We live in an era of #holidays, where it seems like every day, we are being told to celebrate something completely pointless for the not so subtle purpose of whetting America’s insatiable appetite for brand awareness and mindless consumerism. National Cookie Day. National Ugly Sweater Day. Nation Pet Day. And with Father’s Day rapidly approaching, you could be tempted to lump it in with the rest of these disingenuous celebrations and just assume it’s a fake holiday concocted by Hallmark to sell greeting cards, right?
Wrong. The origins of Father’s Day are very genuine, tinged with sadness and can be specifically traced back to a little town in West Virginia called Monogah.
On December 6, 1907, 367 men were working in Fairmont Coal Company mines when, unexpectedly, an explosion occurred which killed an estimated 362 of the miners, with only four escaping and one being rescued by those who came to help. Sadly, the four who escaped later died due to injuries related to the incident. The Monongah Mining Disaster is widely considered “the worst mining disaster in American History” and devastated the surrounding Fairmont community, as it estimated that over 1,000 children lost their fathers.
The idea of the town having a day to honor fathers began with Mrs. Grace Golden Clayton, who approached her minister at William’s Memorial Methodist Episcopal Chruch South with her plan. While Clayton had not lost her father during the mining explosion, she was deeply affected by his death in 1896, which caused her to feel great sympathy for those who had lost their fathers.
“It was partly the explosion that set me to think how important and loved most fathers are. All those lonely children and the heart-broken wives and mothers, made orphans and widows in a matter of a few minutes. Oh, how sad and frightening to have no father, no husband, to turn to at such a sad time,” Clayton told a local newspaper at the time.
The Father’s Day service was held at Williams Memorial on July 5, 1908, as it was close to Clayton’s father’s birthday. But according to Reverend D.D. Meighen, “The day came and passed without much fanfare.” Meighen was a longtime pastor at Central United Methodist, which eventually replaced William’s Memorial, and he’s also a bit of a Fairmont historian, having done extensive research into the community’s unique and tragic connection to Father’s Day. He says there are a variety of reasons the day didn’t gain much traction in Fairmont, including its closeness to the Fourth of July and the death of Lucy Billingsly, the daughter of a prominent family in town, occurring the night before.
“As a result, Fairmont never adopted any resolutions to make Father’s Day a part of its town’s history,” Meighen explained.
While Fairmont has received some credit for its prominent role in the history of celebrating dads, including being recognized by Hallmark and getting a shoutout in Maymie Kryth’s All About American Holidays, credit for the first Father’s Day is primarily attributed to Spokane, Washington, where Sonora Dodd organized a day of celebration on June 19, 1910. Why? Meighen says that unlike in Fairmont, Dodd made sure convinced her city and state to issue proclamations. So despite the fact that Father’s Day would not become an official holiday until 1972 by President Nixon, Spokane “became the place where Father’s Day is most historically associated.”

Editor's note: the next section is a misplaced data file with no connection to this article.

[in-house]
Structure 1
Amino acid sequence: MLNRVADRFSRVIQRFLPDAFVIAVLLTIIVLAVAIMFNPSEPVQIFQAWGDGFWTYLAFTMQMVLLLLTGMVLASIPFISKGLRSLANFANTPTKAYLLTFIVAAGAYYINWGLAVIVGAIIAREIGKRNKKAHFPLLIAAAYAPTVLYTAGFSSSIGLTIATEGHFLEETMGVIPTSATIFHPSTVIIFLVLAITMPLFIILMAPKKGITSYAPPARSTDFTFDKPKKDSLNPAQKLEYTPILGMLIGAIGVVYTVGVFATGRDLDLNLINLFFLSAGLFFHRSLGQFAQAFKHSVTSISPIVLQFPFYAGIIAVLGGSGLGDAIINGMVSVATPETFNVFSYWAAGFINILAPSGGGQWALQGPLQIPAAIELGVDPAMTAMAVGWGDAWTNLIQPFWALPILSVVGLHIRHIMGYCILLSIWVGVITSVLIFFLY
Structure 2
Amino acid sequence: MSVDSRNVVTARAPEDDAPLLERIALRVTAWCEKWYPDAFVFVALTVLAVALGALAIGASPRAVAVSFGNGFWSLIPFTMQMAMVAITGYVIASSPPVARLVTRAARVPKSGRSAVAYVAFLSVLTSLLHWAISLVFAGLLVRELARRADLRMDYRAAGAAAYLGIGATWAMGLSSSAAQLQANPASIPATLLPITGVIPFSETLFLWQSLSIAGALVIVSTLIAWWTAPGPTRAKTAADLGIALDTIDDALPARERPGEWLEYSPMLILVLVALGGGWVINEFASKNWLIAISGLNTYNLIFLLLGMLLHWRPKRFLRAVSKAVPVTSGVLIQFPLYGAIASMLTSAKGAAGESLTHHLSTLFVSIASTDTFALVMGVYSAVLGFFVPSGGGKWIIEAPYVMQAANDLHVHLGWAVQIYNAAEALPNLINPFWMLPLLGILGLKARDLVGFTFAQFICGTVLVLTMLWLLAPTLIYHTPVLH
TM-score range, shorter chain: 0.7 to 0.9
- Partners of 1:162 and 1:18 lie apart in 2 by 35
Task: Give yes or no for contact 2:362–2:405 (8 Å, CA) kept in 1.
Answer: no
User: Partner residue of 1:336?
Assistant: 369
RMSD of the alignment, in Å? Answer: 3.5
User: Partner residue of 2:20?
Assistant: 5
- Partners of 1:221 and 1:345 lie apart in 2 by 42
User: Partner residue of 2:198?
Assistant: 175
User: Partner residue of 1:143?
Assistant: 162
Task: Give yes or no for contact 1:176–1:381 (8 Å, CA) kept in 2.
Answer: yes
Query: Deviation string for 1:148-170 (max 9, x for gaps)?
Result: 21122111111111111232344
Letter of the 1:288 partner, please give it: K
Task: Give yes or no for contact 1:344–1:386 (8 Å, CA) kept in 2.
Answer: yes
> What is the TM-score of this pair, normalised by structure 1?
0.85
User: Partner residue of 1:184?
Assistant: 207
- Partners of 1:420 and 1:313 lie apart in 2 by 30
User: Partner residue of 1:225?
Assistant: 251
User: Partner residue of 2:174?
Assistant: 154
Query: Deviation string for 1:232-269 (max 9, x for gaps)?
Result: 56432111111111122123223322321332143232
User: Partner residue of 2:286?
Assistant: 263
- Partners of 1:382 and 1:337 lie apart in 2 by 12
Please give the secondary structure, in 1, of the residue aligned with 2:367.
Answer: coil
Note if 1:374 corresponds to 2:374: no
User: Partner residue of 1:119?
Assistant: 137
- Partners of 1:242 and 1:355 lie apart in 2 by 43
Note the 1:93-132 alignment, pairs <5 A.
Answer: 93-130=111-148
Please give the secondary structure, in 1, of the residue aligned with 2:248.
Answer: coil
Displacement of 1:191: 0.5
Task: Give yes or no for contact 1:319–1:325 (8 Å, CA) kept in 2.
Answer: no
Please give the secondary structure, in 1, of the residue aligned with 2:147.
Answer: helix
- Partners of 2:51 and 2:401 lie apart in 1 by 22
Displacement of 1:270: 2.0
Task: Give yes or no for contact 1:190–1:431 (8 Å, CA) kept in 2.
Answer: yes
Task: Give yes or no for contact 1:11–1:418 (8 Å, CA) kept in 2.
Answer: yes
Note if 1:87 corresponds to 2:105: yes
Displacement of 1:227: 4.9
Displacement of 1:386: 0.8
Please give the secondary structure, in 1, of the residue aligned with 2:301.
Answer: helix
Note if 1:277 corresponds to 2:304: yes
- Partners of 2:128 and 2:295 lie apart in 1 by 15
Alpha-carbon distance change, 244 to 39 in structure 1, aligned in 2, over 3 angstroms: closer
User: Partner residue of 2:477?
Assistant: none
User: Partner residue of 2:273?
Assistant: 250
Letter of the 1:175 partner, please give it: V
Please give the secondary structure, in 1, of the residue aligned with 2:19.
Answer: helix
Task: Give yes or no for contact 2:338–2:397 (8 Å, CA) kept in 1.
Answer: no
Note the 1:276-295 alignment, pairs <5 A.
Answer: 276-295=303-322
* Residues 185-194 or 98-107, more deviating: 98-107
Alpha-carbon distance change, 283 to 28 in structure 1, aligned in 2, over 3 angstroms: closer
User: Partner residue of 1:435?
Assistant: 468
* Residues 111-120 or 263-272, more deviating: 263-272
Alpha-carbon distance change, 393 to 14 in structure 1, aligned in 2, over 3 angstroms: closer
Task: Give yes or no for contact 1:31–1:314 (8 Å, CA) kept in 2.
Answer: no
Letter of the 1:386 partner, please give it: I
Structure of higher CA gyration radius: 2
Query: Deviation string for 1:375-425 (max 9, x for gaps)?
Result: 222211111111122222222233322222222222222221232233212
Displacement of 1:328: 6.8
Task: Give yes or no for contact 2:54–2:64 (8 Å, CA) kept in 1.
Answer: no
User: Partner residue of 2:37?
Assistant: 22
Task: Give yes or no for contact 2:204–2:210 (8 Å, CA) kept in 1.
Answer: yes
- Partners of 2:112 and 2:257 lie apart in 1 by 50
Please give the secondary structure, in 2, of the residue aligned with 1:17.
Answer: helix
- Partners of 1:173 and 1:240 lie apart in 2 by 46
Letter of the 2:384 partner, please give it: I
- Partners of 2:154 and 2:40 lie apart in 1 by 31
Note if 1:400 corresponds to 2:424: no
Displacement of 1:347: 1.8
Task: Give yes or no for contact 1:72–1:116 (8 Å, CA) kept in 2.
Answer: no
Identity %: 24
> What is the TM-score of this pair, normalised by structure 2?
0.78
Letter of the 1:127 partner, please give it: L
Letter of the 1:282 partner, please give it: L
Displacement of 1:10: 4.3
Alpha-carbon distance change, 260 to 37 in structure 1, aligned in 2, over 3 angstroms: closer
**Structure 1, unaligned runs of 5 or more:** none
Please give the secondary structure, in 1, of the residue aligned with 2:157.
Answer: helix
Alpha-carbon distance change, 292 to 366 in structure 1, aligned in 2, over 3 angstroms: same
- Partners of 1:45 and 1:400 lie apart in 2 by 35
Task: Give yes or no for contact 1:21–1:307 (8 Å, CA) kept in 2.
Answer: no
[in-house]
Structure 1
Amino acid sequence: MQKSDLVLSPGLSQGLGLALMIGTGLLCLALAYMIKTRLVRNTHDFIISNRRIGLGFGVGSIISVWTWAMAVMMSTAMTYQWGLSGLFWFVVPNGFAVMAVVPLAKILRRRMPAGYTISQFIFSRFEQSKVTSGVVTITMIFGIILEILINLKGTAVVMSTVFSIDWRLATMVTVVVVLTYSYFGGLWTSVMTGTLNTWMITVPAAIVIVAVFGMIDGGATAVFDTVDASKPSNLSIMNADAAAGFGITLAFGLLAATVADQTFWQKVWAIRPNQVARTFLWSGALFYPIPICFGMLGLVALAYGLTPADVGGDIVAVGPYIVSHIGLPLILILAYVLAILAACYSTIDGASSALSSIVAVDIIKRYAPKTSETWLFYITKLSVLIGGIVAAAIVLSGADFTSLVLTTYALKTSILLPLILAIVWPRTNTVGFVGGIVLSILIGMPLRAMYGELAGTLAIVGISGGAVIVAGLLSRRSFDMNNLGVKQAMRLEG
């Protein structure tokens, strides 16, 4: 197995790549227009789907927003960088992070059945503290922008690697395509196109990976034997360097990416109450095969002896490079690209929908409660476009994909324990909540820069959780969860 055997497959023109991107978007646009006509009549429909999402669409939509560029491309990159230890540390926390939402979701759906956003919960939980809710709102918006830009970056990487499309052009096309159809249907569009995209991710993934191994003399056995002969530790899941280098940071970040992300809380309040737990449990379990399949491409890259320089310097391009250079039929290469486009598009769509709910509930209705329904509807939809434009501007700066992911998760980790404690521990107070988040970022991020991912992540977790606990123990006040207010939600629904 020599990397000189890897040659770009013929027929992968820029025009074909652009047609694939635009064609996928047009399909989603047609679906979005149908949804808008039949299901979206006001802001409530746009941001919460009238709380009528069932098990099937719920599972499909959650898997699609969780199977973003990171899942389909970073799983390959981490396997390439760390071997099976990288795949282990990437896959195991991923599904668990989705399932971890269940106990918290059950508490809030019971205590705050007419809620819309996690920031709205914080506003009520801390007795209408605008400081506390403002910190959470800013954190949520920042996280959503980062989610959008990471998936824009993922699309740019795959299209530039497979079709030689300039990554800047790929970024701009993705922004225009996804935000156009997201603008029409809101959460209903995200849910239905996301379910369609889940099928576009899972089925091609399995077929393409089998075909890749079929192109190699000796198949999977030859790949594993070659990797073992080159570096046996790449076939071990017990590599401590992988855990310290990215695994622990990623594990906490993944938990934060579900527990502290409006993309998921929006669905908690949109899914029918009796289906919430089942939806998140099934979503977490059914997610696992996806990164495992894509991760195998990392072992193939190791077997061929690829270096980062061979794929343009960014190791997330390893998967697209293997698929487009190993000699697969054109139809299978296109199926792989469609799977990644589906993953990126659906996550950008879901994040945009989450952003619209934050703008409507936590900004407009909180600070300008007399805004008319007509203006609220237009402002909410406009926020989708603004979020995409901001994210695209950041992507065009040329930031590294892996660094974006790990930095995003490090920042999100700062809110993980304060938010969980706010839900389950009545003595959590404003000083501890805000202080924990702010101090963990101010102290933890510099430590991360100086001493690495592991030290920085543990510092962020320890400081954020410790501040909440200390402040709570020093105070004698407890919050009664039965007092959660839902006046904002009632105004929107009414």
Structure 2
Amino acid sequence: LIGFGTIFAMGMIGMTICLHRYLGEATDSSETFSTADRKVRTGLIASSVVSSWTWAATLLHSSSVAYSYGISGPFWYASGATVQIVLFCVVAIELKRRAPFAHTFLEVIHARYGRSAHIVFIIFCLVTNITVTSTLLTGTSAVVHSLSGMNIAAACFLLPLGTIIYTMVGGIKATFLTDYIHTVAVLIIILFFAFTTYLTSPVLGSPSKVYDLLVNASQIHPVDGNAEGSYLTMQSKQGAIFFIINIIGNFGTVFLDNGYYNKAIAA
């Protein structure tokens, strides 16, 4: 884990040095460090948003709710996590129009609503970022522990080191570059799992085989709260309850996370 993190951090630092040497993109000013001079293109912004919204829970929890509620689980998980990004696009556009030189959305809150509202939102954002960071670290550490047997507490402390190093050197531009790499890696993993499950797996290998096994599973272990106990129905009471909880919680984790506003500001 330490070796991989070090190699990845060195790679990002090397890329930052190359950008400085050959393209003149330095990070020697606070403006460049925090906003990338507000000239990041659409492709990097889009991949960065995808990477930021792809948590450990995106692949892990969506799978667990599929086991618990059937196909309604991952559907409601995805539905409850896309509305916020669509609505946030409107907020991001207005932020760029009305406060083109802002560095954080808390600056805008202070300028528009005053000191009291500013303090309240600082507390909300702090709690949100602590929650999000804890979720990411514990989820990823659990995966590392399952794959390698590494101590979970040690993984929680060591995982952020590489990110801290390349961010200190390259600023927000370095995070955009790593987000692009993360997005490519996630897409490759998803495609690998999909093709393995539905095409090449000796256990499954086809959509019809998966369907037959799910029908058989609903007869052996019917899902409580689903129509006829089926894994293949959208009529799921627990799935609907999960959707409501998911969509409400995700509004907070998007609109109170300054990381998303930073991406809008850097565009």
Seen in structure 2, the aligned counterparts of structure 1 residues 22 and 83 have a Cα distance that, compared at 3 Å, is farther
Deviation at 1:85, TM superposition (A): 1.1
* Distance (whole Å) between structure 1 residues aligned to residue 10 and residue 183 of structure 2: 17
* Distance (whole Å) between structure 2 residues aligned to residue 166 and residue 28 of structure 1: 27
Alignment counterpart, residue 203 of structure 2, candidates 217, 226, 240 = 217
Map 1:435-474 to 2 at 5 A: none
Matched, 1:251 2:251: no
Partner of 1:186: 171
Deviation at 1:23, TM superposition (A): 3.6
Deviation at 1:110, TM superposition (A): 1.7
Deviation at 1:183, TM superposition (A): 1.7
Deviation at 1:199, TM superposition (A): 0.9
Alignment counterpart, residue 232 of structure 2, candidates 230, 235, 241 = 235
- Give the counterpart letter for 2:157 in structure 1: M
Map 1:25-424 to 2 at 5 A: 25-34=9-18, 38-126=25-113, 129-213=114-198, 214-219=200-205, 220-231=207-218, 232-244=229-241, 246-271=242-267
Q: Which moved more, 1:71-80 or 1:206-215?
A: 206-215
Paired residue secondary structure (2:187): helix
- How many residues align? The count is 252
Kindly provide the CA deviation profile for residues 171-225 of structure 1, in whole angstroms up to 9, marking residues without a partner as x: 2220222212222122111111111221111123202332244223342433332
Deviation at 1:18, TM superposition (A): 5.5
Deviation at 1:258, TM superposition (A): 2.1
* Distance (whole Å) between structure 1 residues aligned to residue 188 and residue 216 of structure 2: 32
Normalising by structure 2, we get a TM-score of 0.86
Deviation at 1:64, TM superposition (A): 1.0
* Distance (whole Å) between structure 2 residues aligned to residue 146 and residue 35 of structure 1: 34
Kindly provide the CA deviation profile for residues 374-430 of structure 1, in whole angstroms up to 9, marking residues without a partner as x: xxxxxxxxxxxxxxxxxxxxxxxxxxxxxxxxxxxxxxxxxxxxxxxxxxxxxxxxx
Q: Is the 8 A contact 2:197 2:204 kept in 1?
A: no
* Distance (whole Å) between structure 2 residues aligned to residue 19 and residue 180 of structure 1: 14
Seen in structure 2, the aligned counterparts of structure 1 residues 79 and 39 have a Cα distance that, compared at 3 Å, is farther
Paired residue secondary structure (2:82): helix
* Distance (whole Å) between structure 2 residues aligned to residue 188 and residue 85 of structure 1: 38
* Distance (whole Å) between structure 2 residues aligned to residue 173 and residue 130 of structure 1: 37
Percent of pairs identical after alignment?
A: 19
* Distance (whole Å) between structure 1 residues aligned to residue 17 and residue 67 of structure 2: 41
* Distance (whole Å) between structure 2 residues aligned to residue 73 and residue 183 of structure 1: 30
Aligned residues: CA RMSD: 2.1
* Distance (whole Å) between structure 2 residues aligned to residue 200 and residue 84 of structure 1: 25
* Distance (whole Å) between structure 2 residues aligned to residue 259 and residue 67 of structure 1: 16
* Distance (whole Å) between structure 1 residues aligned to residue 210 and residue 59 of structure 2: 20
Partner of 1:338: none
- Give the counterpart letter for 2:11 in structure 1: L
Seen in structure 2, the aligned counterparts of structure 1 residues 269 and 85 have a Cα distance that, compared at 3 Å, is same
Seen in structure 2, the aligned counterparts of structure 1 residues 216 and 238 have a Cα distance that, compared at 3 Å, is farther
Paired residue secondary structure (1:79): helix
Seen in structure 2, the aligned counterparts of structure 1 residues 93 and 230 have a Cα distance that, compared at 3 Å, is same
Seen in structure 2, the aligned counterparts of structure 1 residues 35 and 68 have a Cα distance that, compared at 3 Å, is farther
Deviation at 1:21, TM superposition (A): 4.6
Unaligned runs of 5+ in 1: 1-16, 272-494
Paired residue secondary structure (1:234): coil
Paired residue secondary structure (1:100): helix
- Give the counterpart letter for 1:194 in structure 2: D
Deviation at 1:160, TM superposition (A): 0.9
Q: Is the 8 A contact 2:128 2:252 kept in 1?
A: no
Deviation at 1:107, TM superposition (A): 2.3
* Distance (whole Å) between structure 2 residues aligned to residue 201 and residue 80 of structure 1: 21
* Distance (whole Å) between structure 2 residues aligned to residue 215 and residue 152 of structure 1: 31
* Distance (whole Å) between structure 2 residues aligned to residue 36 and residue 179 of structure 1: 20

“But Fairmont was the place where the first Father’s Day event was held,” Meighen insists.
And it’s not just the rest of the world that has forgotten Fairmont’s role in founding Father’s Day. According to Meighen, the town itself mostly celebrates the day like any other town would. Some churches hold breakfasts and people give gifts and a few plaques at Central United Methodist and around town but beyond a “big commemoration” on the 100-year anniversary of the first service, Fairmont’s festivities are pretty standard. In fact, it’s mainly Meighen who keeps the memory of Monongah mining disaster alive in Fairmont.
“I’ve personally had programs at the park and we will do that again this year to promote Father’s Day,” Meighen says. “I invite people in the community to come by and share stories about their father, sing songs, read poetry, or show any art they may have done to commemorate Father’s Day.”
So this Sunday, while you’re waiting for breakfast in bed or opening up the tacky necktie you definitely didn’t ask for, perhaps take a moment to step out of the modern context of the commercialized holiday and remember one town’s unique and tragic connection to the day. Otherwise, the first Father’s Day may be left behind as a forgotten memory, washed away by the waves of time.